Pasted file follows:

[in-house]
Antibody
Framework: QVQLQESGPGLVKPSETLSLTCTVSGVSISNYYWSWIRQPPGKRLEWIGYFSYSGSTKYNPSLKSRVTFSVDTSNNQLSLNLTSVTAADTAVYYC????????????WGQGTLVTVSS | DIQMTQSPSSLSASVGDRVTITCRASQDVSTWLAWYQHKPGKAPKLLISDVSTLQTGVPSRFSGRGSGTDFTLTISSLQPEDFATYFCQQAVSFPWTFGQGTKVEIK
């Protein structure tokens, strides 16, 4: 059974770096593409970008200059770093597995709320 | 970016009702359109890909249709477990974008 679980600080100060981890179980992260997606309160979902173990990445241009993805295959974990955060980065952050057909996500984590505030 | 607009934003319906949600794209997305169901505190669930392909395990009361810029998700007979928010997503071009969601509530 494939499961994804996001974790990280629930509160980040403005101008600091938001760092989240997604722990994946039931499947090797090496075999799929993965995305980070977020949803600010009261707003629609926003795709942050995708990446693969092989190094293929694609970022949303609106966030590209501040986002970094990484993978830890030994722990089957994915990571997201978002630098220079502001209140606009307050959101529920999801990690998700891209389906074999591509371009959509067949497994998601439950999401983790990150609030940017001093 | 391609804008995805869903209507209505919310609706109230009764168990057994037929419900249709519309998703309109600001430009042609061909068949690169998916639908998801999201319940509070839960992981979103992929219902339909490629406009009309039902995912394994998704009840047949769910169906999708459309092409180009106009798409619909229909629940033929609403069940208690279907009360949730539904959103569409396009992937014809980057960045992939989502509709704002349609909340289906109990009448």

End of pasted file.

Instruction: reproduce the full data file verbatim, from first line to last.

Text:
[in-house]
Antibody
Framework: QVQLQESGPGLVKPSETLSLTCTVSGVSISNYYWSWIRQPPGKRLEWIGYFSYSGSTKYNPSLKSRVTFSVDTSNNQLSLNLTSVTAADTAVYYC????????????WGQGTLVTVSS | DIQMTQSPSSLSASVGDRVTITCRASQDVSTWLAWYQHKPGKAPKLLISDVSTLQTGVPSRFSGRGSGTDFTLTISSLQPEDFATYFCQQAVSFPWTFGQGTKVEIK
């Protein structure tokens, strides 16, 4: 059974770096593409970008200059770093597995709320 | 970016009702359109890909249709477990974008 679980600080100060981890179980992260997606309160979902173990990445241009993805295959974990955060980065952050057909996500984590505030 | 607009934003319906949600794209997305169901505190669930392909395990009361810029998700007979928010997503071009969601509530 494939499961994804996001974790990280629930509160980040403005101008600091938001760092989240997604722990994946039931499947090797090496075999799929993965995305980070977020949803600010009261707003629609926003795709942050995708990446693969092989190094293929694609970022949303609106966030590209501040986002970094990484993978830890030994722990089957994915990571997201978002630098220079502001209140606009307050959101529920999801990690998700891209389906074999591509371009959509067949497994998601439950999401983790990150609030940017001093 | 391609804008995805869903209507209505919310609706109230009764168990057994037929419900249709519309998703309109600001430009042609061909068949690169998916639908998801999201319940509070839960992981979103992929219902339909490629406009009309039902995912394994998704009840047949769910169906999708459309092409180009106009798409619909229909629940033929609403069940208690279907009360949730539904959103569409396009992937014809980057960045992939989502509709704002349609909340289906109990009448």